Forecasting until recently has been about looking at past numbers and predicting future revenue based on your quota, what your reps are willing to commit, and what you know about their past performances. Competent AI/ML tools employ a time series sales forecasting method, which parses all your past sales data/activity to help you achieve as close as 98%+ accuracy with your forecasts.
If your CRM data entry process is manual, then chances are inaccuracies are going to creep in–considering accurate forecast results mainly rely on clean data. One tip would be to set up a checklist of guidelines for data entry (even though this doesn’t scale well in the long run). An even smarter move would be to automate the whole CRM process.
Also Read: Best Revenue Forecasting Techniques
How To Choose Your Sales Forecasting Software:
If you were a revenue leader, would you rather implement the above recommendations from scratch yourself, or let a sales prediction software do the job for you? A dedicated forecasting platform can deliver surprisingly quick results, including:
- Improve the efficiency with which sales reps approach deal forecast
- Offer predictive insights into the overall sales pipeline
- keep managers and leaders in the know about team performance
Here are some features you should look out for if you choose to evaluate a sales forecasting tool:
- Capabilities to integrate, extract, and map from data sources:
- Multiple views to forecast across markets, accounts, and product lines:
- Implements a blend of forecasting techniques:
- Helps visualize your overall sales data:
The forecasts you receive are only as good as the data your software can access. Integration with your databases/lakes/CRMs allow your tools to have all the information they need without having to enter information manually.
Sales projection is a collaborative effort – internal team alignment is key. A sales forecasting tool should have a collaboration space where operations, strategy, and field team members can get together to focus on deal reviews and other important aspects of the forecast.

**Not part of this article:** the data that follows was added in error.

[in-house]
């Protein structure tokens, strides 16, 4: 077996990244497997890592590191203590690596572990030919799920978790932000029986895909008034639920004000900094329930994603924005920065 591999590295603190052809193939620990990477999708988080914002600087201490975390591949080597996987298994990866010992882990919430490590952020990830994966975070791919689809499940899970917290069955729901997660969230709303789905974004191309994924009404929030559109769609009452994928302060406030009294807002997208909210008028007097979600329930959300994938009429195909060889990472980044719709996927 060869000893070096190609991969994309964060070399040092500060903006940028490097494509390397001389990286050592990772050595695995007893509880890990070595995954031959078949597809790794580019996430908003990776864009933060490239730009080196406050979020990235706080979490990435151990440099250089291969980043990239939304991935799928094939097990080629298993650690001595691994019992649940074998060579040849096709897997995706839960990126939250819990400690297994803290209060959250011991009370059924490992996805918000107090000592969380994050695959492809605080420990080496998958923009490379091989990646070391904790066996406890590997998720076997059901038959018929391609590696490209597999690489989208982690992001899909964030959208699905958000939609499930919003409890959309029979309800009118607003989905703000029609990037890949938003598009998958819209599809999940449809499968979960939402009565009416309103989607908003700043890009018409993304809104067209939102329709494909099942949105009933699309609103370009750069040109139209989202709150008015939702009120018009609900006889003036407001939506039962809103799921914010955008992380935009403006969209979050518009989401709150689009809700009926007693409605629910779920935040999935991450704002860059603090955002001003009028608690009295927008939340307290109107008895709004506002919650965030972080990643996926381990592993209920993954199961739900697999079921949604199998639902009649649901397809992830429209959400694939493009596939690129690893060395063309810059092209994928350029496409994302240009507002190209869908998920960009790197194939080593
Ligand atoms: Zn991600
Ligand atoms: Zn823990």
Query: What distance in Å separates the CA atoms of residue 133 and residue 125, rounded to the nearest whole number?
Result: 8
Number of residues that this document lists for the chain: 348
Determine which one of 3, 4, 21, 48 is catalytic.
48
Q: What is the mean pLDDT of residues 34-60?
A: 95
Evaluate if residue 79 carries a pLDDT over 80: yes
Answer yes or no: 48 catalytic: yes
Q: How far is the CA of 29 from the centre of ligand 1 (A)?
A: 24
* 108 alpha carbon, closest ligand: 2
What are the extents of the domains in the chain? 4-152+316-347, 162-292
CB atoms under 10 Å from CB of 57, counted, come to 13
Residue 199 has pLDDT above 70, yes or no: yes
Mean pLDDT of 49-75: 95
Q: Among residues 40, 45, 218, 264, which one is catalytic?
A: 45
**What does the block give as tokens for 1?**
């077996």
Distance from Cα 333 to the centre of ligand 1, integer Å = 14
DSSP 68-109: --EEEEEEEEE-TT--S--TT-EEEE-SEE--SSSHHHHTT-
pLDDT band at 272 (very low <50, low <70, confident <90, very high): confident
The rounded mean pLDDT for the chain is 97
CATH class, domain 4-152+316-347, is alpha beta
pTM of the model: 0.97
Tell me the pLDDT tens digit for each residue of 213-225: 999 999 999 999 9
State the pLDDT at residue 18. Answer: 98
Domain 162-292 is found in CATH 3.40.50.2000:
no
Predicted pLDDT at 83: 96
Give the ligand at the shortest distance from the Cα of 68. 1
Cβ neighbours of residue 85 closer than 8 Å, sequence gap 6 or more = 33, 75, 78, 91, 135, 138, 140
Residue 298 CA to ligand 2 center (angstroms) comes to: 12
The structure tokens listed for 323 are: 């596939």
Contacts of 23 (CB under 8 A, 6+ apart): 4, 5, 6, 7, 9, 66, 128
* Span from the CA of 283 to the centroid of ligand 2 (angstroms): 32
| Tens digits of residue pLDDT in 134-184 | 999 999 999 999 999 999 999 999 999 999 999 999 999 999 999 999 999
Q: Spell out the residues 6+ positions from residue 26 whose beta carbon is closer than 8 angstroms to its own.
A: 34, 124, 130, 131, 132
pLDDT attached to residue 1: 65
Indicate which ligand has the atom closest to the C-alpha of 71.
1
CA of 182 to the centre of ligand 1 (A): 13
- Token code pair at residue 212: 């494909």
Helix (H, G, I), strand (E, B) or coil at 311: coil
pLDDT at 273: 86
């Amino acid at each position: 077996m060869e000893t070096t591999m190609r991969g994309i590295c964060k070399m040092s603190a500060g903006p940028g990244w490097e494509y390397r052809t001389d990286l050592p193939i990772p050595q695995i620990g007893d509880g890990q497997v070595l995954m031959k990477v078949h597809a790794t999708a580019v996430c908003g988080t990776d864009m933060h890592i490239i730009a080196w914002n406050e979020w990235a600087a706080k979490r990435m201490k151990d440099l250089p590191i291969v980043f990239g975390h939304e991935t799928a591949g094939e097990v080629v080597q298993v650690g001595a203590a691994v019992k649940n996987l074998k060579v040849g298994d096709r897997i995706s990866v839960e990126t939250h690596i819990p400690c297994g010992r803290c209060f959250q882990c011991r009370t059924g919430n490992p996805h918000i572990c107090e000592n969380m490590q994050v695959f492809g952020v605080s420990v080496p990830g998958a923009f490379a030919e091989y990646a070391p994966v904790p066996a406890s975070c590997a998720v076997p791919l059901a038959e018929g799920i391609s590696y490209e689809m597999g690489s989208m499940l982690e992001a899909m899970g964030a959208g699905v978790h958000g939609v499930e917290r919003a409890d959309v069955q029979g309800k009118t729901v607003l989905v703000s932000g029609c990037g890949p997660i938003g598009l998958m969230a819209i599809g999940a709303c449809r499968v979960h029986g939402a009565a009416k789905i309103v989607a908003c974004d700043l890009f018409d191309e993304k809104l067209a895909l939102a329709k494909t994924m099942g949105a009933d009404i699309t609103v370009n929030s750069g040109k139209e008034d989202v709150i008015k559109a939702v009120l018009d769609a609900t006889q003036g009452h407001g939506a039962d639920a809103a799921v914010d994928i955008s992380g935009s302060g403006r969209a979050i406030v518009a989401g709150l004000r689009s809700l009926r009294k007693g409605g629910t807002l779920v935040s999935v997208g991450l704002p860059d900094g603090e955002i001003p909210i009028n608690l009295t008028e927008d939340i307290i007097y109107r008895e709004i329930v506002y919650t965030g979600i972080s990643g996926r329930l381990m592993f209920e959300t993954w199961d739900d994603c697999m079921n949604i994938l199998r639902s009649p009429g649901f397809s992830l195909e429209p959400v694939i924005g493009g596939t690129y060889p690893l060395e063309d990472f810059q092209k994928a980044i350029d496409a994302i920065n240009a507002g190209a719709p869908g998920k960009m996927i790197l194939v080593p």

The software should allow for multiple views of a sales forecast (business units, product lines, markets and so on) and be flexible enough to let you configure your own custom forecast view for any level of hierarchy.
A good sales forecasting tool should have a provision for multiple inputs, so it can solve for the best possible outcome. Intuition-based projections from sales leaders, bottom-up forecasts, and time series analysis should all be factored in for high forecast accuracies and predictability.
Data visualization is key in letting salespeople do what they do best: sell. You don’t want your people on the front lines to be busy reading a table of numbers to figure where they are in meeting their quarterly quotas. Moreover, a tool with built-in dashboards, reports, and analytics can inform CRO’s of how their quarterly forecasts look like, measure and compare sales growth over-time, and even manage sales territory assignments.
In closing: even though sales projections are a bit of a crystal ball at times, it can give you a sense of direction on where your revenue is, and where you should be going. If you are willing to leverage the tools and implement best practices that align well with your overall business, then you are well on your way to bringing in predictable and reliable revenue.